Improved heart health programme launched

Cognizant of the fact that cardiovascular diseases (CVDs) are leading causes of death globally and that Guyana is not immune, the Ministry of Public Health has approached PAHO/WHO to introduce locally its HEARTS technical package, which provides a strategic approach to improving heart health.

The process got underway yesterday, with a two-day workshop convened at the Marriott Hotel, which saw primary health care doctors from all 10 regions gathered to be introduced to the package and be tasked with helping to chart the way forward as it becomes functional in Guyana.

According to WHO, the HEARTS package comprises six modules and an implementation guide. The package supports Ministries of Health to strengthen CVD management in primary health care settings.

“The practical, step-by-step modules are supported by an overarching technical document that provides a rationale and framework for this integrated approach to the management of NCDs,” WHO says.

The HEARTS technical package is part of the broader Global Hearts Initiative, which includes two other packages that address the prevention of CVDs. Its modules were developed under the auspices of the Global Hearts Initiative, led by WHO and the US Centers for Disease Control and Prevention.

According to Dr. Kenneth Connell, who along with Donald DiPette have been hired by PAHO as consultants to introduce the package, the aim of the workshop is to improve the performance of health care delivery teams in order to better cardiovascular disease outcomes.

The workshop also aims to build the capacity of health care providers to manage and appropriately treat cardiovascular diseases. The participants will also be asked to identity and manage key barriers to optimal blood pressure control within their various regions.

Importantly, they will be asked to produce a draft treatment algorithm that will help to aid in the process.

According to Dr. Paul Edwards, who gave opening remarks on behalf of PAHO at the workshop, it was in the quest to reduce morbidity and mortality from CVDs and strengthen the overall health sector response of treatment and prevention of such diseases, that support was requested from PAHO/WHO to strengthen the capacity of health care providers working in primary health care to adequately manage CVDs.

He noted that in Guyana, the five leading causes of death are heart disease, hypertension, stroke, diabetes and cancer.

Most of these are interrelated.

Guyana, he noted, is not immune to globalization, as western lifestyles have infiltrated the country’s culture, causing unhealthy modifications to diets, and citizens now consuming more food, high in trans fats and salt. Citizens also now spend hours in front of the television or computer.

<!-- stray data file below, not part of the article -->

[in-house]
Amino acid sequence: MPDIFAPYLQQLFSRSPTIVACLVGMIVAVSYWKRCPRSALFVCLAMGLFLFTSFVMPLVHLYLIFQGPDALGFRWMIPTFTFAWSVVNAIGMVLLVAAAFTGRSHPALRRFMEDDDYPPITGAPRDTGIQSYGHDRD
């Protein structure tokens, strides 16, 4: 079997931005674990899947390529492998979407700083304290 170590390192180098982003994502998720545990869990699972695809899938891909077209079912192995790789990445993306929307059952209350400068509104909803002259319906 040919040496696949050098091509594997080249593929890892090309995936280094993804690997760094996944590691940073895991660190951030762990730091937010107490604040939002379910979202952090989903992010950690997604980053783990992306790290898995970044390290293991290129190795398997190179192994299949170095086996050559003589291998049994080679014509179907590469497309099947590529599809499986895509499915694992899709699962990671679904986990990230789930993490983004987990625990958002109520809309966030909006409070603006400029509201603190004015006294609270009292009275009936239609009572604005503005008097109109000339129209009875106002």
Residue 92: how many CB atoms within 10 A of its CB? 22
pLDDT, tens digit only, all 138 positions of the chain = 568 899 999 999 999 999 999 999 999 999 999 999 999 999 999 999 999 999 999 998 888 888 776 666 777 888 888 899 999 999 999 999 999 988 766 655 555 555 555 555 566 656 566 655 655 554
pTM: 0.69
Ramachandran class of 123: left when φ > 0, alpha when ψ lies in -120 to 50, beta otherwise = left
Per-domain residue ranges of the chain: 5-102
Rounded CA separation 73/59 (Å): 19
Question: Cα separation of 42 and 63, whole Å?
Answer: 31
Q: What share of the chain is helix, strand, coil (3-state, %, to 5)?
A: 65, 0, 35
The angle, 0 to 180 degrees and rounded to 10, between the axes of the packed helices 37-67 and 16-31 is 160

Importantly, he noted that most cardiovascular diseases can be prevented by addressing behavioural practices but those who already have diseases or have one or more of the risk factors need early detection and management.

He said the WHO has identified low cost prevention and control methods for cardiovascular diseases, which include: comprehensive tobacco control policies, taxation to reduce the intake of foods that are high in fat, sugar and salt, building walking and cycle paths to increase physical activities, strategies to reduce the harmful intake of alcohol, and providing healthy school meals to children.

Dr. Edwards noted that globally, cardiovascular diseases are the leading cause of death, as an estimated 70.9 million persons died of such diseases in 2016, representing 31% of all global deaths. Of those deaths, 85% were as a result of heart attacks and stroke and three quarters occurred in low and middle income countries.

“This phenomenon occurs because people in these countries often do not have the benefit of integrated cardio care programmes for early detection, treatment of risk factors, compared to those individuals who live in high income countries,” he said.

He further pointed out that those persons living in low and middle income countries who suffer from CVDs and other non-communicable diseases have less access to effective healthcare services which respond to their needs. As a result, many times the disease is detected late and the patients die younger (often in their most productive years) from CVDs and other non-communicable diseases.

According to the PAHO representative, sufficient evidence exists to show that such diseases contribute to poverty due to catastrophic health spending and high out of pocket expenditure.

Since September 2016, the global HEART initiative has been rolled out in a number of countries and in those countries, health workers are being trained to deliver better tested and affordable measures to protect people from CVDs and help them to recover following a heart attack or stroke.

 

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